It seems as though Daowu had the practice of visiting the sick, one of the greatest of all spiritual practices. I recommend this. It is a practice I do and have done, but regretfully I don’t do it nearly as much as I would like to. I seem to have many others things to do, but actually I would like to do nothing else but visit the sick, like Walt Whitman did during the Civil War.
It is also possible that Daowu was not visiting the sick. “Where are you coming from?” is a Zen question meant to evoke a more profound response than the mundane facts. When Daowu said he had come from tending the sick, he could have meant anything or everything by it. This is an answer we could give on any occasion: What are you doing? I am tending the sick. What else are we ever doing? This is the first noble truth of Buddhism: sentient beings are by their nature sick. To be alive is to have a terminal illness. The whole world is a hospital ward.
But then Daowu says, “There are the sick and the not sick.” Who are the sick? The ones who have forgotten the stories of suffering and pain, who think that they themselves are not sick. These are the sick ones; these are the ones who suffer a lot. Who are the ones not sick? These are the ones who know the stories, who know that they are sick, that we all are sick, and who have sympathy. They know the world is a hospital ward and we are doing nothing but tending the sick, ourselves included. Knowing this from inside, in the guts, the breath, the thoughts, perceptions, and deeds, we are not sick.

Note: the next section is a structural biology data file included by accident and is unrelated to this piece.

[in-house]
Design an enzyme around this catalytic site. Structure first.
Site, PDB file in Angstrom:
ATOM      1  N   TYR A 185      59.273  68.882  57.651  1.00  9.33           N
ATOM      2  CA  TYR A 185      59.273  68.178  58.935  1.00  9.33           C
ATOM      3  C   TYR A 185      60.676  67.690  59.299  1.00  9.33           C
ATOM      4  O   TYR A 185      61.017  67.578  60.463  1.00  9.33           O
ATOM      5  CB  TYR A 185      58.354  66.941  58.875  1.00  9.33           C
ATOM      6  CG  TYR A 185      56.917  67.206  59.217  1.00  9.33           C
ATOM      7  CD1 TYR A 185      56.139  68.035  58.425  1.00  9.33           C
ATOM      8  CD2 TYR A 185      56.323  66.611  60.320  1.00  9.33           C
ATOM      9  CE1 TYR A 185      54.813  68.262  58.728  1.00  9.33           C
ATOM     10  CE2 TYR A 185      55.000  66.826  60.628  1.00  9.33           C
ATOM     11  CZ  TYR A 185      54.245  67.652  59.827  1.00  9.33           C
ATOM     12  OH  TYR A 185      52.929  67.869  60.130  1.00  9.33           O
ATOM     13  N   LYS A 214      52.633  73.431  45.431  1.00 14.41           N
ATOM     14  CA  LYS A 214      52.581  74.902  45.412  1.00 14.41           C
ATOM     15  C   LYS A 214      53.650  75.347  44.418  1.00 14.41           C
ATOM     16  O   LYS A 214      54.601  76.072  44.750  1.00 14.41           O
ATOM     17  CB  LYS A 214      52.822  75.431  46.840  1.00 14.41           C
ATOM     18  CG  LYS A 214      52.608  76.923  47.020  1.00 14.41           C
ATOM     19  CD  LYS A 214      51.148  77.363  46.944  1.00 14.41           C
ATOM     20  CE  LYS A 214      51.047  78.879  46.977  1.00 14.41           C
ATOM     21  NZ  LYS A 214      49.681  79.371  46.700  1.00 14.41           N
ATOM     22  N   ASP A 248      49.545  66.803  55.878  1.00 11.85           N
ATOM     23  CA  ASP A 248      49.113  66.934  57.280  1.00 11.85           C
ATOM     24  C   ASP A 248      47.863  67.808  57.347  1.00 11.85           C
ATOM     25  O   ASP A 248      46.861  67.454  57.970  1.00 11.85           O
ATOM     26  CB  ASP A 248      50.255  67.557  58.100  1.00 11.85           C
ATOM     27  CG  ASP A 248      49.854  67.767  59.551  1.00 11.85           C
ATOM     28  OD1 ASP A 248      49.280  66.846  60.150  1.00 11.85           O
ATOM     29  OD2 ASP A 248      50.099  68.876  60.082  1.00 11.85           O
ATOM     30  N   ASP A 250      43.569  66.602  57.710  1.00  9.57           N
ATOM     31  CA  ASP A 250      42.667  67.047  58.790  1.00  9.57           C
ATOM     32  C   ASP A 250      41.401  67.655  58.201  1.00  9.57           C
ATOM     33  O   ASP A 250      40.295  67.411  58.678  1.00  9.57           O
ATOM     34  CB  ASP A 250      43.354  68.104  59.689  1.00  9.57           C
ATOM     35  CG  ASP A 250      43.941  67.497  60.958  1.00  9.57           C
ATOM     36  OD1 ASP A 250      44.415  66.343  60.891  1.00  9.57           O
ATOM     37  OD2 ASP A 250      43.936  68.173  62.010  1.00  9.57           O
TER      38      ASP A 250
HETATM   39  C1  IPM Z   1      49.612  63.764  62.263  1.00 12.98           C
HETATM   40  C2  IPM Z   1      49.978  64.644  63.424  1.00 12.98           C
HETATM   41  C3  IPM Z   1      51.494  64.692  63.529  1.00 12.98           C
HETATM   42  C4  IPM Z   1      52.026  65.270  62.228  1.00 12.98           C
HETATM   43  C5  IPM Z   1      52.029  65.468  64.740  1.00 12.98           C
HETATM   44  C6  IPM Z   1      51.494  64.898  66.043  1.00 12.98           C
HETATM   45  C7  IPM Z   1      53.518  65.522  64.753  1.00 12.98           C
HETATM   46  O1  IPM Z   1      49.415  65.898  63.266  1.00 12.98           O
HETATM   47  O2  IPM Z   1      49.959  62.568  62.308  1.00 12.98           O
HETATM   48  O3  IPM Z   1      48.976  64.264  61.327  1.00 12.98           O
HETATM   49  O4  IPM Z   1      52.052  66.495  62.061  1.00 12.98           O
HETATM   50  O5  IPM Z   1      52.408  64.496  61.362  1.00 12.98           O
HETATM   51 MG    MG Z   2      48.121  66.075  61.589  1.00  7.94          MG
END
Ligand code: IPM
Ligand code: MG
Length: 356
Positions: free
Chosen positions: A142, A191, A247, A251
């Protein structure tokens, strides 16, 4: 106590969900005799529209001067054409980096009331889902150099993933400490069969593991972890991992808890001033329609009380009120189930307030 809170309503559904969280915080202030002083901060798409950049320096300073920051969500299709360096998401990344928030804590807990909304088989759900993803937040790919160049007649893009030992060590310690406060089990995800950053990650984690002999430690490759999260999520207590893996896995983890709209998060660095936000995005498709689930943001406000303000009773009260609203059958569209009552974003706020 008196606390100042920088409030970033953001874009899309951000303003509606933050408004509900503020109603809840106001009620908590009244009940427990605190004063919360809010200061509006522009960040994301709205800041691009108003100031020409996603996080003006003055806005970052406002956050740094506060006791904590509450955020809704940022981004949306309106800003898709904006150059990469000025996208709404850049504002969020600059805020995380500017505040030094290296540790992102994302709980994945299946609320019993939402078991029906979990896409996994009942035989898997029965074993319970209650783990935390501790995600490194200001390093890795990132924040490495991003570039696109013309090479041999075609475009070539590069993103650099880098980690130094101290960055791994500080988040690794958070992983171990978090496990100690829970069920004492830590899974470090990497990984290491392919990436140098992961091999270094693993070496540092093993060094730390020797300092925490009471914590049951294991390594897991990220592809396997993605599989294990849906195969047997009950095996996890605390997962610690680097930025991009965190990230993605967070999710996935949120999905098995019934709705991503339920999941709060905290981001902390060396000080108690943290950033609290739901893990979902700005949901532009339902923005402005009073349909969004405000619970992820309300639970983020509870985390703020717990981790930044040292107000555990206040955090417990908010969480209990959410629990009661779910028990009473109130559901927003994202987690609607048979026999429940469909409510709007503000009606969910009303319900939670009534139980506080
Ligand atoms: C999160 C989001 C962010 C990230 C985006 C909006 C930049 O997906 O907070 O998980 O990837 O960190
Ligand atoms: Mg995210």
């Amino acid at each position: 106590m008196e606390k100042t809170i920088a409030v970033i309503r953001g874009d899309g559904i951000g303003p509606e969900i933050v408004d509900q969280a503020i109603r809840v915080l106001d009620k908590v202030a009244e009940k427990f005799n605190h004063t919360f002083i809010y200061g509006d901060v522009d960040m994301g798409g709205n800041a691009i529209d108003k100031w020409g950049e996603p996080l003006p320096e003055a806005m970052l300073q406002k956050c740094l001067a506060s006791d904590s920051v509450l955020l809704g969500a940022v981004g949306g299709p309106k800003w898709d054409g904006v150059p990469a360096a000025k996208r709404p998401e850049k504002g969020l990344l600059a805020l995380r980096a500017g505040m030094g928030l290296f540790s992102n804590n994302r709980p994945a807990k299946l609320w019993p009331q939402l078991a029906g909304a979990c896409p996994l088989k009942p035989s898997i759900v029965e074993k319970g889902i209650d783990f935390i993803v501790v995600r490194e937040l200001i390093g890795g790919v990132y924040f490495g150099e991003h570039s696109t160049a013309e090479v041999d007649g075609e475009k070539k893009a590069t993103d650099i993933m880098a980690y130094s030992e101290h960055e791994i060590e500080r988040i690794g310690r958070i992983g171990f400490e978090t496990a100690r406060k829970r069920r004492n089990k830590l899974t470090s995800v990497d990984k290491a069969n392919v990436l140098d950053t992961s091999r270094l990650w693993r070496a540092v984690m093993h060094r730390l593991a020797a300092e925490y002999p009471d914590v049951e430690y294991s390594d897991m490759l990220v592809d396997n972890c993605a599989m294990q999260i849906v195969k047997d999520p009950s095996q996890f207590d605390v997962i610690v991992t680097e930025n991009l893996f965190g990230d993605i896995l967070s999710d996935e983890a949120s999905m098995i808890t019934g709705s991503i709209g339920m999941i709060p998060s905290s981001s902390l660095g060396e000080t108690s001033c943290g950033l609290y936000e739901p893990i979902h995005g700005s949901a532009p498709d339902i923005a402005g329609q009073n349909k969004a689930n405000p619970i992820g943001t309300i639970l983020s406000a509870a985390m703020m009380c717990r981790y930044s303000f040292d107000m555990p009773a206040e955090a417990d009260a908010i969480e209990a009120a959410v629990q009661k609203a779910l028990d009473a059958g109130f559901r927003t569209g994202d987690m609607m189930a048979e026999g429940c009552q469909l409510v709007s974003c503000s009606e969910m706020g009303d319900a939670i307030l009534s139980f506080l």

In the end, though, as Daowu tells us, the True Person is beyond sick and not sick. The True Person simply “is,” and in this “is” is living and dying both, sickness and health both. So there’s no point, really, in speaking of life or death, or sickness or health.
In the face of this, Daowu asks Guishan to speak, and he does. Guishan was a great Zen master and he understood Daowu perfectly. Saying something won’t explain anything, he says in so many words. Which is surely true. It’s like asking someone, “Please explain your life to me, I would like to understand it.” It’s not possible to explain even a moment of life. But, as Tiantong chimes in, “That may be true, but still you have to say something.” That’s true too. Not saying anything is not an option. We have to tell our story of pain and the impulse, coming out of that pain, to do good.
I know that some stories seem not to be like this. They seem to involve pain, and the reflex of fear and anger, that causes someone to do much harm. This is very common. Sad though it may be, this is the world. But when you hear the stories through, and see their multi-generational vectors, you see that when we suffer pain we always find—however long it takes—the impulse to do good, and we finally act on that impulse. This is the point of practice—to confront the first truth, the truth of suffering, and to find our way to the fourth truth, the truth of the path, of doing good with a heart of love to benefit others.